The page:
Song to Woody...Bob Dylan B (G form)
I'm out here a thousand miles from my home
Walking a road other men have gone down
I'm seeing a new world of people and things
Hear paupers and peasants and princes and kings.
Hey hey Woody Guthrie I wrote you a song
About a funny old world that's coming along
Seems sick and it's hungry, it's tired and it's torn
It looks like it's dying and it's hardly been born.
Hey Woody Guthrie but I know that you know
All the things that I'm saying and a many times more
I'm singing you the song but I can't you sing enough
'Cause there's not many men that've done the things that you've
|Here's to Cisco and Sonny and Leadbelly too
And to all the good people that travelled with you
Here's to the hearts and the hands of the men
That come with the dust and are gone with the wind.
I'm leaving tomorrow but I could leave today
Somewhere down the road someday
The very last thing that I'd want to do
Is to say I've been hitting some hard travelling too.
Dave Williams added verse
Bob sang to Woody, now Bob I sing to you
it's 50 years gone and your words still ring true.
through the whole world folks sing your songs
god bless you and keep you as you get along
This is one of two original songs on Bob Dylan's debut album, titled "Bob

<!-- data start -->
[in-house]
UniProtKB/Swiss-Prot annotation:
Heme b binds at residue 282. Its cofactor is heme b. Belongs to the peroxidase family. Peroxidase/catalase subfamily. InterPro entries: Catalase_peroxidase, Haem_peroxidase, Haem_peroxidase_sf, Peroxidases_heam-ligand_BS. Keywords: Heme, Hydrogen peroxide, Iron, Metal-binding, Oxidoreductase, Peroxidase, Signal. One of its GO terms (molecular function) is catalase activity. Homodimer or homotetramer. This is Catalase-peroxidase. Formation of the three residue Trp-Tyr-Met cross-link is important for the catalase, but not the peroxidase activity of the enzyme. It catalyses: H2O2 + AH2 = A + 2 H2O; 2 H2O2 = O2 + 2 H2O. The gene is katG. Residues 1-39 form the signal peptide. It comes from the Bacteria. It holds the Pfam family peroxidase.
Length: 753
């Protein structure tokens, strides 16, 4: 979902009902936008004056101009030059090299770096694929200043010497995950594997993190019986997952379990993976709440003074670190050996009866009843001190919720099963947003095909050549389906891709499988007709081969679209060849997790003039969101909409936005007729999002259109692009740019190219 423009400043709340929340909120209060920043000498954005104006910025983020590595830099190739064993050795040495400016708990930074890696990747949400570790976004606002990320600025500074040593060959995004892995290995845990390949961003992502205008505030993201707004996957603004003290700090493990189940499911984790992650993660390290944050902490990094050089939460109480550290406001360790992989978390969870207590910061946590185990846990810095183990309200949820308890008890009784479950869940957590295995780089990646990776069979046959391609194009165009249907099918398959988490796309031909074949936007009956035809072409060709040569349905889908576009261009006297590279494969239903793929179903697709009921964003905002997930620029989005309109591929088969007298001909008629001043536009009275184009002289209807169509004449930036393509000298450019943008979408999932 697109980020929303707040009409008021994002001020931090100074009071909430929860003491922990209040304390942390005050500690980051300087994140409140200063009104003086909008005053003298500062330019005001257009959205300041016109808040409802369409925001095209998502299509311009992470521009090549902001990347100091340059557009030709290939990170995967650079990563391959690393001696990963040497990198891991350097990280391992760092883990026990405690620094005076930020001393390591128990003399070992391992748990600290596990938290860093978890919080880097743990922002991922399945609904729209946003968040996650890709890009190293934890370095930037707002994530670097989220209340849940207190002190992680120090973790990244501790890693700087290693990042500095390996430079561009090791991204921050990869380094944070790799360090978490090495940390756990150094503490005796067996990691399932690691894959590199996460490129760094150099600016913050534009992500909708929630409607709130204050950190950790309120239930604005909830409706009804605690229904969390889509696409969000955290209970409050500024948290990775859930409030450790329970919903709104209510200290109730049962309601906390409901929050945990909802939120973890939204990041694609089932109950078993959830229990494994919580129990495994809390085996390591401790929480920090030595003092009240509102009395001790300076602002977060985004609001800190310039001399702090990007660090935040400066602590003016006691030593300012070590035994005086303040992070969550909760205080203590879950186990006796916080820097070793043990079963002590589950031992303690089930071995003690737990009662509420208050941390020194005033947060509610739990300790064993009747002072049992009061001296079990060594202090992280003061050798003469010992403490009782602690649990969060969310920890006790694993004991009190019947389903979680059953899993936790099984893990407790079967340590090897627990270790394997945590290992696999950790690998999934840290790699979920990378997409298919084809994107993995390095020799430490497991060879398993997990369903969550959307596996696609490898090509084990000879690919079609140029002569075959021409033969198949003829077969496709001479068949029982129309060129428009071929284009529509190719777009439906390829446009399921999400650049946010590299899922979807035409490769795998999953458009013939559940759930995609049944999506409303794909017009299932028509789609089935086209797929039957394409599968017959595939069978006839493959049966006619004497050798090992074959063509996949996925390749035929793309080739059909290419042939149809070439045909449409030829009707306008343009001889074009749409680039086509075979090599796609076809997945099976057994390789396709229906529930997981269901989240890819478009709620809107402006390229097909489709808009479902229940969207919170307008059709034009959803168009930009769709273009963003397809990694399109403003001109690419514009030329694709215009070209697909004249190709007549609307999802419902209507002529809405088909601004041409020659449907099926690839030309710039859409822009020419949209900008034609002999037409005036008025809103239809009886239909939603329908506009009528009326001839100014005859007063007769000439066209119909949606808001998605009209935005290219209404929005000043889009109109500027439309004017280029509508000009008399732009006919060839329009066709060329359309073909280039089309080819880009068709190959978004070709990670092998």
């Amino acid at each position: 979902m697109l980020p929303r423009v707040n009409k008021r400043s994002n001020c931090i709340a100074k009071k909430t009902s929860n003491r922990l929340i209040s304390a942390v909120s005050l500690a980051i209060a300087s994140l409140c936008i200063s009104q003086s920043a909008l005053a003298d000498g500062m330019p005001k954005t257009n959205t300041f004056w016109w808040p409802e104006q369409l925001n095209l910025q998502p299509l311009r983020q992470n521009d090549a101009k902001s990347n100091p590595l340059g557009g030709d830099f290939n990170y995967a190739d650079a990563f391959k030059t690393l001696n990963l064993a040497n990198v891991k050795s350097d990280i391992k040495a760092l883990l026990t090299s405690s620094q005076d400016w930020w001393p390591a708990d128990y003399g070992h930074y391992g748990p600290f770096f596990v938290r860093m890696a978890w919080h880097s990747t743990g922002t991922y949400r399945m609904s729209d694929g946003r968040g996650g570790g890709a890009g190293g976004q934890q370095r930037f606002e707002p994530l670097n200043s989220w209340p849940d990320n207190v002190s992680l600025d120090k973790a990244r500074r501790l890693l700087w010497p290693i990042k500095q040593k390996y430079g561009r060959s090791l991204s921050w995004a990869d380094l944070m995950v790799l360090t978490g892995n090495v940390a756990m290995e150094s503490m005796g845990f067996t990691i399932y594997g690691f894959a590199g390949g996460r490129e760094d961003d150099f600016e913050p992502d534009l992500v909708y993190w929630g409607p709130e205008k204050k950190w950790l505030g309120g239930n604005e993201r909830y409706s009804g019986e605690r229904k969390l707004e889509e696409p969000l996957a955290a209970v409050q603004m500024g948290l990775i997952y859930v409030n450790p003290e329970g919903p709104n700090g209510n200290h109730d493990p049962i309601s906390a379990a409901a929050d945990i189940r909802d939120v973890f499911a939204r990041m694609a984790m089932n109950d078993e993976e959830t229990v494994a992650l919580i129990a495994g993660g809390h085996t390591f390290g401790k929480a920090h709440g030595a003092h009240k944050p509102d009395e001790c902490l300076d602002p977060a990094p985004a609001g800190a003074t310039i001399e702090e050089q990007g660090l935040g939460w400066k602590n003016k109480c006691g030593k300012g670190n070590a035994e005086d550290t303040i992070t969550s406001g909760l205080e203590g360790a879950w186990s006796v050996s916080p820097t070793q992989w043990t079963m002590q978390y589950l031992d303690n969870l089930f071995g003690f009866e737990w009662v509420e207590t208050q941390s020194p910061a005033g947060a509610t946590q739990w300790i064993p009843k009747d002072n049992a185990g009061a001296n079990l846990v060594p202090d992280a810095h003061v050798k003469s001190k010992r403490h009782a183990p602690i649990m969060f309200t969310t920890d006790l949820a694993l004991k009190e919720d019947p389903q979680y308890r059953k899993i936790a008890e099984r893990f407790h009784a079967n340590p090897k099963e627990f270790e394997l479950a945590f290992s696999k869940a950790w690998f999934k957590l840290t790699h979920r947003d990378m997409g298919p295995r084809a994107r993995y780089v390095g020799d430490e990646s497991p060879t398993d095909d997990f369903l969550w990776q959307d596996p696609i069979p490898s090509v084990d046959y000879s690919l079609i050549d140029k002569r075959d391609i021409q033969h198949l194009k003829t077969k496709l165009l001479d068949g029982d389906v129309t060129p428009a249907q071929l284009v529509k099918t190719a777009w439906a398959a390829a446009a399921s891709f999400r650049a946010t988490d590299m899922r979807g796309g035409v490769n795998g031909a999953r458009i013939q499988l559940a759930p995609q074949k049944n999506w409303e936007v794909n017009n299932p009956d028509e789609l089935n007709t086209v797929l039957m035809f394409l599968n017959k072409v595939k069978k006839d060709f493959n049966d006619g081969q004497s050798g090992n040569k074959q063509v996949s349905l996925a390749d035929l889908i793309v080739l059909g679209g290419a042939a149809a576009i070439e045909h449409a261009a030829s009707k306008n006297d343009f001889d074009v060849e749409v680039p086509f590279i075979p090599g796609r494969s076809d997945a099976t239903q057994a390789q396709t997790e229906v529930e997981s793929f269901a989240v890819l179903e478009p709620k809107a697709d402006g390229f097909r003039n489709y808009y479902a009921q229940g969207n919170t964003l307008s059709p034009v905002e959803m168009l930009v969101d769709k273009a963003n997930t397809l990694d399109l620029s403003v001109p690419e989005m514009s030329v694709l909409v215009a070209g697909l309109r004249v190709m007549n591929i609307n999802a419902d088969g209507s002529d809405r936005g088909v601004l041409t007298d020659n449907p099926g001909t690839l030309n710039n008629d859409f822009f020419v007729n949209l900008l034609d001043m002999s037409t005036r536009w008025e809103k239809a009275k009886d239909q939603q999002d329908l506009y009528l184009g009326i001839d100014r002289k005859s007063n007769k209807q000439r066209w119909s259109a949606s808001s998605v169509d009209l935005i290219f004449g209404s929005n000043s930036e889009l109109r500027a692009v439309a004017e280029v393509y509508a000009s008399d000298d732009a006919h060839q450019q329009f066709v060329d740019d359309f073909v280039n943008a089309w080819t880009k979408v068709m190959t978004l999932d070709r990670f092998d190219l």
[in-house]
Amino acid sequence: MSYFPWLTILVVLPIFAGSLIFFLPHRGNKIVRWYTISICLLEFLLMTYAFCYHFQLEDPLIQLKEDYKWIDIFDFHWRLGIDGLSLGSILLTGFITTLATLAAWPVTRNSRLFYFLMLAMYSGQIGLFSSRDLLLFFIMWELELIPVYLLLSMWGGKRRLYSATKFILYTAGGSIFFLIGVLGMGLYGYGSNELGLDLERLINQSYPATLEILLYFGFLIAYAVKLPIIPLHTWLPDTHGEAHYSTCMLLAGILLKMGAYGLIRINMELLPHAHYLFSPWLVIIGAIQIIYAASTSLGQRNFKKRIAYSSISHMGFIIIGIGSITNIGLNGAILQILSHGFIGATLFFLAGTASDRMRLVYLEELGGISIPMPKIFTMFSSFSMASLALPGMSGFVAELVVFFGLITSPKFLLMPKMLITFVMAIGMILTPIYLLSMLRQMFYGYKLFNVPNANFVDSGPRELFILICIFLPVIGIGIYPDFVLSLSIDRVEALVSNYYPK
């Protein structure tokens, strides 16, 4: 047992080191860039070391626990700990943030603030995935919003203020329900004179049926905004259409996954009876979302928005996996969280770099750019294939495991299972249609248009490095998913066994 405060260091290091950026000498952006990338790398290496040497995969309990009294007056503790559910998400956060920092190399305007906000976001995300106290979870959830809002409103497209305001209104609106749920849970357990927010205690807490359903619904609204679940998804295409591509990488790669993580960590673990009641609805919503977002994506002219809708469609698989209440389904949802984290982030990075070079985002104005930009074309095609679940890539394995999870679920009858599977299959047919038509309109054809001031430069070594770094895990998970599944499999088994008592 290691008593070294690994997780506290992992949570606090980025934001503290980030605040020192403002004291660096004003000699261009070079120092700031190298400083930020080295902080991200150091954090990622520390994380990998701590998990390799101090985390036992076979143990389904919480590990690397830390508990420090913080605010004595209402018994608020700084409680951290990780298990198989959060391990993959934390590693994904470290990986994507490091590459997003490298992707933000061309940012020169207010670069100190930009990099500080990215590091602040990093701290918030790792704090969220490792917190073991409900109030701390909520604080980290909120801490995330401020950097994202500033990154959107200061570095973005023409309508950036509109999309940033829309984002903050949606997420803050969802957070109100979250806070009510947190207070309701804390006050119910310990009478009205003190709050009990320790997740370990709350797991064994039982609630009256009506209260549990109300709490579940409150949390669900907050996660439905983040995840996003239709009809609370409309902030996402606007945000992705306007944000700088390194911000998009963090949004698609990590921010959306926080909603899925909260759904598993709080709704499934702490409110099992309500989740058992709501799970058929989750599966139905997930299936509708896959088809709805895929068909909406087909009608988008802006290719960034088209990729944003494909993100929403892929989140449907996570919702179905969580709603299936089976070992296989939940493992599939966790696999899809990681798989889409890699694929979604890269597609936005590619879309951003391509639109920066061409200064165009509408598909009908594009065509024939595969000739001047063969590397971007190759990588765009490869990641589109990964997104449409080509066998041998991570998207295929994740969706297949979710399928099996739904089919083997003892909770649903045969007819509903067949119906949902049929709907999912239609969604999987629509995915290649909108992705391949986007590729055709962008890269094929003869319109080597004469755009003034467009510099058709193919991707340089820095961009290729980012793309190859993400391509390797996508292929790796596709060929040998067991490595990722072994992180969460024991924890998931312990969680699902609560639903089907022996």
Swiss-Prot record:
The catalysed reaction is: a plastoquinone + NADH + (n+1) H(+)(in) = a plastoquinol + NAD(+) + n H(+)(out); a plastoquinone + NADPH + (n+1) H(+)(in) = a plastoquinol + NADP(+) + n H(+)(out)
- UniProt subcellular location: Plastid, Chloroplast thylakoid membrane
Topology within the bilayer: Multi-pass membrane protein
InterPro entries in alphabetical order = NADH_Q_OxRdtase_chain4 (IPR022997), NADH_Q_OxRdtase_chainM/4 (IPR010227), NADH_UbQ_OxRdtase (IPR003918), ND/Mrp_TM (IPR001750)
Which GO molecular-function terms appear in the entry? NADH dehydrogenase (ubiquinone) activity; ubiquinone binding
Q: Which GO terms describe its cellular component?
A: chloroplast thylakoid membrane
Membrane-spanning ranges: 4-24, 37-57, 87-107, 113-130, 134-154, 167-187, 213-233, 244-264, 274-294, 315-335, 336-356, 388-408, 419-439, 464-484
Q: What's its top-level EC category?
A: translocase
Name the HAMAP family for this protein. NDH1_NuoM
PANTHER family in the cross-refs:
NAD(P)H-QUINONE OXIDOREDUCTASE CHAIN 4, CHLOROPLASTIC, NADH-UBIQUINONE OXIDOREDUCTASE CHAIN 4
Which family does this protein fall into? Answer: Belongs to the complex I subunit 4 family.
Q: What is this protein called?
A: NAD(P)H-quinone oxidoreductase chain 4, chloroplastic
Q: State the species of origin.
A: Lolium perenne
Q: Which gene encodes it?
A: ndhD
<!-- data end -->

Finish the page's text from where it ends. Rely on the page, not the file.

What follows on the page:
Dylan". By his own account in the autobiography "Chronicles" Dylan tells of his
last visit to Woody Guthrie at Greystone Park State Hospital in Morris Plains,
NJ; realizing that given Woody's deteriorating condition, he would probably
never see him again. On the long trip from New Jersey back to Greenwich Village,
Dylan got the inspiration for "Song to Woody" which is squarely in the Guthrie
style. By this time, Dylan had been given the "blessing" of Woody and the folk
royalty of the time that he, Dylan, was the one who would carry the torch
forward. Dylan recorded the song in 1961 and one can only speculate if he had
any idea at that time of what the future would bring... that his own ascendancy
would, in fact, bring Woody's work and his legend to new prominence.